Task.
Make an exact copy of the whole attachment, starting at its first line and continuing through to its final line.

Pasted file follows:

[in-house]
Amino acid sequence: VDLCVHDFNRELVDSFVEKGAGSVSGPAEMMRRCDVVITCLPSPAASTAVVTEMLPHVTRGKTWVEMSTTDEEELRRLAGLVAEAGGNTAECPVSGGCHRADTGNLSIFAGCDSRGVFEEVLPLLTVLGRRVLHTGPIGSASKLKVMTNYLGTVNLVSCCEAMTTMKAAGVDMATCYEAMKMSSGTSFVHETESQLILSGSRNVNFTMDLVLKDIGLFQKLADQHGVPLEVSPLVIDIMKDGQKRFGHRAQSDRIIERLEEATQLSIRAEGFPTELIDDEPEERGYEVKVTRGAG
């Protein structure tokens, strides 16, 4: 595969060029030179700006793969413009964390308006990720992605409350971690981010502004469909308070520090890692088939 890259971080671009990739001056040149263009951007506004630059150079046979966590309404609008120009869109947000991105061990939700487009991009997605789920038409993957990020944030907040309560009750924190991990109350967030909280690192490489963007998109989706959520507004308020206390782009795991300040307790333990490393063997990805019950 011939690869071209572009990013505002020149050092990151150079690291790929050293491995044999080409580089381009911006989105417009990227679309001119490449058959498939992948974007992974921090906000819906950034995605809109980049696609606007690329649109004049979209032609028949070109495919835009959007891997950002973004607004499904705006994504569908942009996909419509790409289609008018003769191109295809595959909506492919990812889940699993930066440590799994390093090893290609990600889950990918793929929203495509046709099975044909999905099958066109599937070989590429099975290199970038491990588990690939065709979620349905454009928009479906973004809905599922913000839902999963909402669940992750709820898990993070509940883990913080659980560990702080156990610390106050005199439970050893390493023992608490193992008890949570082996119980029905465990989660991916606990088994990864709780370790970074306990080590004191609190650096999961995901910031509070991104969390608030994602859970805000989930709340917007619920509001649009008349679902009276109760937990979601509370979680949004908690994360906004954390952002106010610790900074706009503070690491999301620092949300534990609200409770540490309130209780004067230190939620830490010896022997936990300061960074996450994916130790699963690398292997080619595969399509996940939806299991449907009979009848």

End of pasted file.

[in-house]
Amino acid sequence: VDLCVHDFNRELVDSFVEKGAGSVSGPAEMMRRCDVVITCLPSPAASTAVVTEMLPHVTRGKTWVEMSTTDEEELRRLAGLVAEAGGNTAECPVSGGCHRADTGNLSIFAGCDSRGVFEEVLPLLTVLGRRVLHTGPIGSASKLKVMTNYLGTVNLVSCCEAMTTMKAAGVDMATCYEAMKMSSGTSFVHETESQLILSGSRNVNFTMDLVLKDIGLFQKLADQHGVPLEVSPLVIDIMKDGQKRFGHRAQSDRIIERLEEATQLSIRAEGFPTELIDDEPEERGYEVKVTRGAG
């Protein structure tokens, strides 16, 4: 595969060029030179700006793969413009964390308006990720992605409350971690981010502004469909308070520090890692088939 890259971080671009990739001056040149263009951007506004630059150079046979966590309404609008120009869109947000991105061990939700487009991009997605789920038409993957990020944030907040309560009750924190991990109350967030909280690192490489963007998109989706959520507004308020206390782009795991300040307790333990490393063997990805019950 011939690869071209572009990013505002020149050092990151150079690291790929050293491995044999080409580089381009911006989105417009990227679309001119490449058959498939992948974007992974921090906000819906950034995605809109980049696609606007690329649109004049979209032609028949070109495919835009959007891997950002973004607004499904705006994504569908942009996909419509790409289609008018003769191109295809595959909506492919990812889940699993930066440590799994390093090893290609990600889950990918793929929203495509046709099975044909999905099958066109599937070989590429099975290199970038491990588990690939065709979620349905454009928009479906973004809905599922913000839902999963909402669940992750709820898990993070509940883990913080659980560990702080156990610390106050005199439970050893390493023992608490193992008890949570082996119980029905465990989660991916606990088994990864709780370790970074306990080590004191609190650096999961995901910031509070991104969390608030994602859970805000989930709340917007619920509001649009008349679902009276109760937990979601509370979680949004908690994360906004954390952002106010610790900074706009503070690491999301620092949300534990609200409770540490309130209780004067230190939620830490010896022997936990300061960074996450994916130790699963690398292997080619595969399509996940939806299991449907009979009848």